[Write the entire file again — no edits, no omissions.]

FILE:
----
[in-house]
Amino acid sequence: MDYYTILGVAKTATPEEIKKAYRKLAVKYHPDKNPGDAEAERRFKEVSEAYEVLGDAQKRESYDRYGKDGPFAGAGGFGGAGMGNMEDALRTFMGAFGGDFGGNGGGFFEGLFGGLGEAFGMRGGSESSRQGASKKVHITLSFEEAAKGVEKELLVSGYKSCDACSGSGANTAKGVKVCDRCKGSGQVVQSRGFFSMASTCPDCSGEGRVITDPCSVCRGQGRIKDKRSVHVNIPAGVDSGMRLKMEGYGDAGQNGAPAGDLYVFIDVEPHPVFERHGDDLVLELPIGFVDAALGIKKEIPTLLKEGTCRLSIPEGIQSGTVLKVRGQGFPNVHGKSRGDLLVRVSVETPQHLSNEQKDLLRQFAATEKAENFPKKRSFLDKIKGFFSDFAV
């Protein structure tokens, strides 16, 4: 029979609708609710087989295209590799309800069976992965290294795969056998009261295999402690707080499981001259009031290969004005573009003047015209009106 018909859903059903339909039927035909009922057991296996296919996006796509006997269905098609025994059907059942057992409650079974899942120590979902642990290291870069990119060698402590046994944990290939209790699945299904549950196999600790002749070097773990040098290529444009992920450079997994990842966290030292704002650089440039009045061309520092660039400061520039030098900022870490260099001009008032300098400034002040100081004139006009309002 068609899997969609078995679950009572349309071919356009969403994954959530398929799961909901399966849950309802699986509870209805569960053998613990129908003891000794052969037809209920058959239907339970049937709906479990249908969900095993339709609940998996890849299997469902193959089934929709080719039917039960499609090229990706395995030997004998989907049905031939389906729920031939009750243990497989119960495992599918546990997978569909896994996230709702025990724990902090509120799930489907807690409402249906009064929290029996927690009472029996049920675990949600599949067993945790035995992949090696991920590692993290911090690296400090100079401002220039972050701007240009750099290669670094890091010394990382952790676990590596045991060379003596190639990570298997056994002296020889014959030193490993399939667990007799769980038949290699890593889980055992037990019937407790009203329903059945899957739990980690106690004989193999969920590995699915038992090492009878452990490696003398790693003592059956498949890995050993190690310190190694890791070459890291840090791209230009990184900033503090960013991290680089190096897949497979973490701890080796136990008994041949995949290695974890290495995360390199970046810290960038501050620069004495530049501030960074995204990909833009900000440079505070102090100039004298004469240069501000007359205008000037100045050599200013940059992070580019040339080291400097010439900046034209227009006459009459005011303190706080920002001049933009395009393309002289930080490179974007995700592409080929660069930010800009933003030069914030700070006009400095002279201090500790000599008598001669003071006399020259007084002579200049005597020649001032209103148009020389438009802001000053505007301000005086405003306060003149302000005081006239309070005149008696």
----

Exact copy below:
[in-house]
Amino acid sequence: MDYYTILGVAKTATPEEIKKAYRKLAVKYHPDKNPGDAEAERRFKEVSEAYEVLGDAQKRESYDRYGKDGPFAGAGGFGGAGMGNMEDALRTFMGAFGGDFGGNGGGFFEGLFGGLGEAFGMRGGSESSRQGASKKVHITLSFEEAAKGVEKELLVSGYKSCDACSGSGANTAKGVKVCDRCKGSGQVVQSRGFFSMASTCPDCSGEGRVITDPCSVCRGQGRIKDKRSVHVNIPAGVDSGMRLKMEGYGDAGQNGAPAGDLYVFIDVEPHPVFERHGDDLVLELPIGFVDAALGIKKEIPTLLKEGTCRLSIPEGIQSGTVLKVRGQGFPNVHGKSRGDLLVRVSVETPQHLSNEQKDLLRQFAATEKAENFPKKRSFLDKIKGFFSDFAV
């Protein structure tokens, strides 16, 4: 029979609708609710087989295209590799309800069976992965290294795969056998009261295999402690707080499981001259009031290969004005573009003047015209009106 018909859903059903339909039927035909009922057991296996296919996006796509006997269905098609025994059907059942057992409650079974899942120590979902642990290291870069990119060698402590046994944990290939209790699945299904549950196999600790002749070097773990040098290529444009992920450079997994990842966290030292704002650089440039009045061309520092660039400061520039030098900022870490260099001009008032300098400034002040100081004139006009309002 068609899997969609078995679950009572349309071919356009969403994954959530398929799961909901399966849950309802699986509870209805569960053998613990129908003891000794052969037809209920058959239907339970049937709906479990249908969900095993339709609940998996890849299997469902193959089934929709080719039917039960499609090229990706395995030997004998989907049905031939389906729920031939009750243990497989119960495992599918546990997978569909896994996230709702025990724990902090509120799930489907807690409402249906009064929290029996927690009472029996049920675990949600599949067993945790035995992949090696991920590692993290911090690296400090100079401002220039972050701007240009750099290669670094890091010394990382952790676990590596045991060379003596190639990570298997056994002296020889014959030193490993399939667990007799769980038949290699890593889980055992037990019937407790009203329903059945899957739990980690106690004989193999969920590995699915038992090492009878452990490696003398790693003592059956498949890995050993190690310190190694890791070459890291840090791209230009990184900033503090960013991290680089190096897949497979973490701890080796136990008994041949995949290695974890290495995360390199970046810290960038501050620069004495530049501030960074995204990909833009900000440079505070102090100039004298004469240069501000007359205008000037100045050599200013940059992070580019040339080291400097010439900046034209227009006459009459005011303190706080920002001049933009395009393309002289930080490179974007995700592409080929660069930010800009933003030069914030700070006009400095002279201090500790000599008598001669003071006399020259007084002579200049005597020649001032209103148009020389438009802001000053505007301000005086405003306060003149302000005081006239309070005149008696």